The Balfour narrative, biblically driven, was a prejudicial sweep of historical Palestine under an imperialist Zionist carpet underlying the 1922 League of Nations Mandate of the Balfour/Lloyd George deceit. The meta-physics of this ‘sociological’ religiosity seeks (indeed remains in) and re-turns to history, and, though remaining in history regurgitated as a present view: a new Zionist horizon of ‘conquest’ built on the suffering and continuing brutalisation of countless millions of Palestinians since 1948.
To highlight suffering is one thing, to alleviate suffering yet another. To bring an end to suffering must be the primary reflex for moral action undertaken by persons that will not tolerate institutional accord with determinate and recorded crime by a nation state, in this case the State of Israel. Israel’s meticulously planned crimes against the women and children of Palestine archived, yet accorded perverse recognition by institutional complicity to an illegal occupation.
In this week’s episode of On Contact, Chris Hedges goes inside Israel and the Occupied Territories with Amira Hass. Hass is the Haaretz Correspondent for the Occupied Territories and author of “Drinking the Sea at Gaza”. RT Correspondent Anya Parampil joins the show with a report on the public manifestations of racism in Israeli society.
In this episode of Days of Revolt, Chris Hedges interviews Miko Peled, Israeli peace activist and author of The General’s Son: The Journey of an Israeli in Palestine. Together they walk through the construction of the state of Israel, tracing its legacy of ethnic cleansing and apartheid, and arriving at today’s Boycott, Divestment, and Sanctions (BDS) movement.
In an exclusive interview, investigative journalist Chris Hedges talks about his experience during last year’s destructive Israeli siege of Gaza. He explains what he saw as an “apartheid regime” and how the violence on the ground pushed him to support the Boycott, Divestment and Sanctions (BDS) movement against the state of Israel. Hedges also explores the fractured relationship between the US and Israel. Watch the full interview with RT’s Anya Parampil.
On Dec. 7, 1964, days before he received the Nobel Peace Prize in Oslo, King gave a major address in London on segregation, the fight for civil rights and his support for Nelson Mandela and the anti-apartheid struggle in South Africa. The speech was recorded by Saul Bernstein, who was working as the European correspondent for Pacifica Radio. Bernstein’s recording was recently discovered by Brian DeShazor, director of the Pacifica Radio Archives. Today is the federal holiday that honors King.
Earlier this year I had the great pleasure to visit South Africa. Compared to most Americans, the passing of Nelson Mandela brought tears to my eyes many times as I recalled being in many of the places being shown on countless news shows.
Accusing politicians or former politicians of “breathtaking hypocrisy” is not just over used, it is inadequacy of spectacular proportions. Sadly, searches in various thesaurus’ fail in meaningful improvement.
The death of Nelson Mandela, however, provides tributes resembling duplicity on a mind altering substance.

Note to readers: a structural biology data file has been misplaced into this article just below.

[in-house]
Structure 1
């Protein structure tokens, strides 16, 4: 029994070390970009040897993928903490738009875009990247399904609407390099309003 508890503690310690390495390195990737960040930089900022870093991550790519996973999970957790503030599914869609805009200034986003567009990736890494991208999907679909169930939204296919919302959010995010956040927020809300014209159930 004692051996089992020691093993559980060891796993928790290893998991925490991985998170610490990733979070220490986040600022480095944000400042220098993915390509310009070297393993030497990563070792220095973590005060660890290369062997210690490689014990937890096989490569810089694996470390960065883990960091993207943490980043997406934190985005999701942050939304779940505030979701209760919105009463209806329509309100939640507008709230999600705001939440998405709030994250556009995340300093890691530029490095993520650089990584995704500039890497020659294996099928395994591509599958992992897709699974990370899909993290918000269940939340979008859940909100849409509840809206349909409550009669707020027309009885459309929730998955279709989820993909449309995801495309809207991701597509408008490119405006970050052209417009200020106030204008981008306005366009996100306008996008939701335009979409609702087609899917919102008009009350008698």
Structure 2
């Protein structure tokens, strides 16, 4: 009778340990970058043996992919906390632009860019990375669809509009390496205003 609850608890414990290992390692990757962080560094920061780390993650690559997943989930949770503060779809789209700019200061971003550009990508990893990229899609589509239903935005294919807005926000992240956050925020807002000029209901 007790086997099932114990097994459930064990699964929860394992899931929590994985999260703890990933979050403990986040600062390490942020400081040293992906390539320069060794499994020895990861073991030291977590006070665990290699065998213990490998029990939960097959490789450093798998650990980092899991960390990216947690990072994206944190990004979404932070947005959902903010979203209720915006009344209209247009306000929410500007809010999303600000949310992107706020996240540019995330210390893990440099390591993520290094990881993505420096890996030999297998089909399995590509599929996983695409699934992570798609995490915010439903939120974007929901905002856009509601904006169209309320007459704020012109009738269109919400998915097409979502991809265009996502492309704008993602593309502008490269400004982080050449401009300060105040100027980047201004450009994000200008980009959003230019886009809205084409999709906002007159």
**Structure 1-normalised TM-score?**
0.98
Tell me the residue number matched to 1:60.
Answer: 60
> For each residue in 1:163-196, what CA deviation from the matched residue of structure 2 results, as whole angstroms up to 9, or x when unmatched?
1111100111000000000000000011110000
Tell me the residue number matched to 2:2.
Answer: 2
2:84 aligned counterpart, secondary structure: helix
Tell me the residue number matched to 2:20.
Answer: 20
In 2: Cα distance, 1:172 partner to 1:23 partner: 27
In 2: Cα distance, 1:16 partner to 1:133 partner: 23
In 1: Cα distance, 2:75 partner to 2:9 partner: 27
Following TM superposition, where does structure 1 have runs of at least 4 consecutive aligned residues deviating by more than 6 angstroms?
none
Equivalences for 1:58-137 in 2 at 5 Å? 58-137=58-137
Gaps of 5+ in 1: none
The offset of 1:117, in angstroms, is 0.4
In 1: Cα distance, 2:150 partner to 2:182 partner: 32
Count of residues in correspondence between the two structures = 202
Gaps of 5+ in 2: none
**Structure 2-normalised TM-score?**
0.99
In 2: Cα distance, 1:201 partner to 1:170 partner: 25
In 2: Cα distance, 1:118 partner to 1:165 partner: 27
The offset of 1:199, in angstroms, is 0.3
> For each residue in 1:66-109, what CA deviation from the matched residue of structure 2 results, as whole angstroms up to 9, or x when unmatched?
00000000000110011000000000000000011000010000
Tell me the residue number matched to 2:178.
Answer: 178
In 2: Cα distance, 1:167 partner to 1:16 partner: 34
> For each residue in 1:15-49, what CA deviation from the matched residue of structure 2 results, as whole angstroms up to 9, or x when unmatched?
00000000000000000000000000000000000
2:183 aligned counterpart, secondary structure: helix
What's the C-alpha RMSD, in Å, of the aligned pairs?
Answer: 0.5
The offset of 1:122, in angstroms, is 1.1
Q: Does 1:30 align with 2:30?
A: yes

Launched in 2005 after over 170 Palestinian civil organizations issued a call for a campaign of boycotts, divestment, and sanctions (BDS) against Israel, an annual international series of events has been held in cities and campuses around the world. Israeli Apartheid Week (IAW) seeks to penetrate the consciousness of those uninformed about the apartheid nature of Israel, as defined by international law, that functions as a system characterized by institutionalized and systematic racial and religious segregation.
Israel’s holocaust of innocents in Gaza has not sated the blood lust of its Zionist rulers, with the death toll rising to over 110 and the injured numbering more than a thousand – less than six days after the latest murderous offensive began.
Preparations for a ground offensive involving up to 75,000 troops threaten a repeat of the slaughter carried out by Israel four years ago in Gaza when more than 1,400 Palestinians were killed during a three-week killing orgy.
The murder of 34 miners by the South African police, most of them shot in the back, puts paid to the illusion of post-apartheid democracy and illuminates the new worldwide apartheid of which South Africa is both an historic and contemporary model.
In 1894, long before the infamous Afrikaans word foretold “separate development” for the majority people of South Africa, an Englishman, Cecil John Rhodes, oversaw the Glen Grey Act in what was then the Cape Colony. This was designed to force blacks from agriculture into an army of cheap labour, principally for the mining of newly discovered gold and other precious minerals. Continue reading →
John Pilger was banned from South Africa for his reporting during the apartheid era. On his return thirty years later with Alan Lowery, he describes the extraordinary generosity of a liberated people, but asks who are the true beneficiaries of a democracy – the black majority or the white minority? Won the Gold Award in the category of ‘Film & Video Production: Political/International Issues’, Worldfest-Flagstaff, 1998; Certificate for Creative Excellence (third place), U.S. International Film & Video Festival, Elmhurst, Illinois, 1999.